It’s a “Stalingrad tactic”. It’s a “nightmare interference”, a ploy to take away the basic rights of our fellow citizens.
It’s “provocative” and “draconian” and will be fiercely resisted.
Yup, it’s the legal obligation on the unions to conduct a secret ballot of their members before embarking on a strike. This new requirement in the Labour Relations Act came into effect in January, but implementation was delayed to allow the Registrar of Trade Unions time to conduct information sessions for unions and employers’ associations.
It is now being implemented. Last week, in a notice sent to all unions, the registrar warned that their registrations may be cancelled if they do not comply with immediate effect.
On the face of it, not much reason for fuss and fury. The bedrock of participative democracy is the right to vote. The nub of the vote is that it is secret.
To this first principle, hundreds of thousands, through the centuries, have devoted their lives. Many, not least in South Africa’s recent history, have sacrificed their lives to achieve to that goal.
Without the second, democracy is an illusion. If your spouse, your neighbour, your boss, or the state security apparatus have sight of the choice you made on your ballot, you cannot exercise a truly free choice.
Which is exactly why some powerful players are opposed to the new law. Real trade union democracy will weaken their power to intimidate their opponents and manipulate their members.
The SA Federation of Trade Unions (Saftu) has threatened a general strike and intends approaching the International Labour Organisation (ILO) and the Constitutional Court to try to block the law. Saftu’s biggest affiliate, the metalworkers’ union, Numsa, has threatened the kind of rolling mass action that once upon a time, many years ago, used to terrify the government and paralyse the country.
The combative mining and construction union, Amcu, is also strongly opposed, instead favouring a show of hands to decide strike actions. Further strong words must be expected at the Amcu congress being held this week — an event hastily convened to avoid deregistration for having “ceased to function” as a “genuine trade union”, in not having had a national elective congress in more than six years.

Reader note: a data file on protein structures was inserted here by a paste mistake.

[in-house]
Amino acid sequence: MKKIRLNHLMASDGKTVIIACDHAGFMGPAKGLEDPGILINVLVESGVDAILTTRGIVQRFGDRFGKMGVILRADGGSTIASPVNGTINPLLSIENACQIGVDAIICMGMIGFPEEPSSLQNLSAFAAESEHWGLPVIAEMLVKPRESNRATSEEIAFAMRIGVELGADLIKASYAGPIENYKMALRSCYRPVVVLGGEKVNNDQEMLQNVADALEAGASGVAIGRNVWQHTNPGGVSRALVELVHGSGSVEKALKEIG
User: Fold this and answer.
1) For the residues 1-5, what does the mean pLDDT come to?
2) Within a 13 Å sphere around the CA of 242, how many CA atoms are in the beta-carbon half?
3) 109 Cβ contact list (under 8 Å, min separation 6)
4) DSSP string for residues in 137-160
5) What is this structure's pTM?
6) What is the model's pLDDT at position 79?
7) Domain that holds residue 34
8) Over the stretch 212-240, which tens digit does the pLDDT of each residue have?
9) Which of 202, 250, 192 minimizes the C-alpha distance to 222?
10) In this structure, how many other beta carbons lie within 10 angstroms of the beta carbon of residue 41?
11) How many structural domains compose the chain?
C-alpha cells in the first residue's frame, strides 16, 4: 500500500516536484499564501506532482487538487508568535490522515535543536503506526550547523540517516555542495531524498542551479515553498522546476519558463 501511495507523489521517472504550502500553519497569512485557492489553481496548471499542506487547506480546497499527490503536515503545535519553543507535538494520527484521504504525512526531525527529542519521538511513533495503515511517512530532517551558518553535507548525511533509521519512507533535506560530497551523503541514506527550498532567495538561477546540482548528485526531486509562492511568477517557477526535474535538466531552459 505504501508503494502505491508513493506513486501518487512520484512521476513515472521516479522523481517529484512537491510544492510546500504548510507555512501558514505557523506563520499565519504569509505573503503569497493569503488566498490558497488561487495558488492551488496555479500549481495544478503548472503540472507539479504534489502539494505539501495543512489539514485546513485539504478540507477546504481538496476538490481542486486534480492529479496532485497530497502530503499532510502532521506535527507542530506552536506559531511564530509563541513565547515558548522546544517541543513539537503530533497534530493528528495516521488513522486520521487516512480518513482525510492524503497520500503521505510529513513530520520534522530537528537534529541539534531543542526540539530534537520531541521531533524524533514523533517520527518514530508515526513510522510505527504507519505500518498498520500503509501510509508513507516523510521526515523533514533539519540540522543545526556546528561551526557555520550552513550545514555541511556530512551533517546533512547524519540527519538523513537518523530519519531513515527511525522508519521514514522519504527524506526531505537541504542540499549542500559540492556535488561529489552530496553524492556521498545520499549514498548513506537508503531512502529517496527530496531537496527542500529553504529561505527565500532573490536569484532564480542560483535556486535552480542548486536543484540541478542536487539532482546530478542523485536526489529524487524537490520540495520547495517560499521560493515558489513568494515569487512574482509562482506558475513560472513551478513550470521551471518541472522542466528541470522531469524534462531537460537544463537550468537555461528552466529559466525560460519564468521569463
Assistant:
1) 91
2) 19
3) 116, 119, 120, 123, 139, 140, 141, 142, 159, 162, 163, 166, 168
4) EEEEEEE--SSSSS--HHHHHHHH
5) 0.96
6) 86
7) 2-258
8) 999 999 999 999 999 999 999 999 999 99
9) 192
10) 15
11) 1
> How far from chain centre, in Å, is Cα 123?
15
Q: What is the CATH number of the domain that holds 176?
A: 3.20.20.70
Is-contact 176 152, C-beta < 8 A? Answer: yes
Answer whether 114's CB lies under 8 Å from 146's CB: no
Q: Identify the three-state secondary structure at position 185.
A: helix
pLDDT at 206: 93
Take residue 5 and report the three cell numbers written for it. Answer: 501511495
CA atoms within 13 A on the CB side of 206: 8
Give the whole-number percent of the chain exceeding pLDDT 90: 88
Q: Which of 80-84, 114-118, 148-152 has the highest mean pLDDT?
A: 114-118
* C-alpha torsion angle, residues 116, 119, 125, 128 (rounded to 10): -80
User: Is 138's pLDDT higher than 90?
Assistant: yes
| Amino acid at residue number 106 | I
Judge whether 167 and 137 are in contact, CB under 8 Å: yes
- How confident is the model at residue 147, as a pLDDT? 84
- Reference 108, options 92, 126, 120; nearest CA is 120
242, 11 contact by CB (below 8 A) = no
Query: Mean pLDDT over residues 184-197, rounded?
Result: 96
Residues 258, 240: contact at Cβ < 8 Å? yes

These unions are correct to be worried. Wildcat, destructive actions, unleashed at the whim of firebrand, self-aggrandising leaders, are powerful weapons precisely because they are unconstrained by any process that allows for a pause, alternative viewpoints and moderation before acting.
One must wonder, for example, how many Amcu members would have voted for — and continued voting to prolong — the recent strike at Sibanye Gold, instead of accepting the deal that had been struck between the miner and its rival, the National Union of Mineworkers (NUM).
The Amcu strike lasted five months before collapsing without an improved offer. It will take the Amcu strikers, fodder in their union’s stratagem to displace NUM by being more radical, around 15 years to recoup their lost wages. Meanwhile, at least nine non-strikers were murdered and some 60 had their homes burnt down.
It is this bitter and violent rivalry between the newer, more radical unions and those of the African National Congress-aligned Congress of SA Trade Unions (Cosatu), that has caused the split in union views on the secret ballot.
While the registrar’s threats of legal sanctions have angered it, Cosatu says it is “not opposed in principle” to secret ballots. Its affiliate, NUM, says the secret ballot will “democratise the workplace”. Other, smaller and non-aligned, have expressed the view that the ballot will cut the incidence and length of industrial action.
Cosatu’s approach is driven somewhat by being painfully aware of its vulnerability to Saftu exploiting shop floor flash points to nibble away at Cosatu’s membership. It knows that it will benefit from a more measured process.
In the United Kingdom, it was the introduction especially of the secret ballot, strenuously resisted, that in the 1980s bridled the power of the British trade union movement. Today, secret strike ballots are unremarkable elsewhere in the world and have for at least two decades enjoyed the approval of the same ILO that Saftu is hoping will help overturn the new law here.
In SA, if the secret ballot law is implemented — meaning that fines are levied or deregistrations carried out — it would set us on course to drastically limit the economic and political chaos that the unions can unleash.
Unfortunately, that’s not going to happen. The secret ballot is open to fraud if not overseen by an independent entity, which is not the case here. More importantly, in terms of life, limb and property, unions must carry legal responsibility for the violence and destruction carried out by their members during marches, demonstrations and pickets. Again, that is not the case here.
Added to that, the ANC has an unhappy history of passing laws that it lacks the political will — never mind policing and prosecutorial resources — to implement.
Nevertheless, by their attitude to secret ballot actions, ye shall know them. Think of former president Jacob Zuma, when he feared that a secret ballot by the ANC’s national executive committee, would unseat him. And recall the Democratic Alliance, when it feared that a secret ballot of councillors would stymie its efforts to get rid former Cape Town mayor, Patricia de Lille.
Democracy is all well and good, as long as it delivers the results you want. If not, not.
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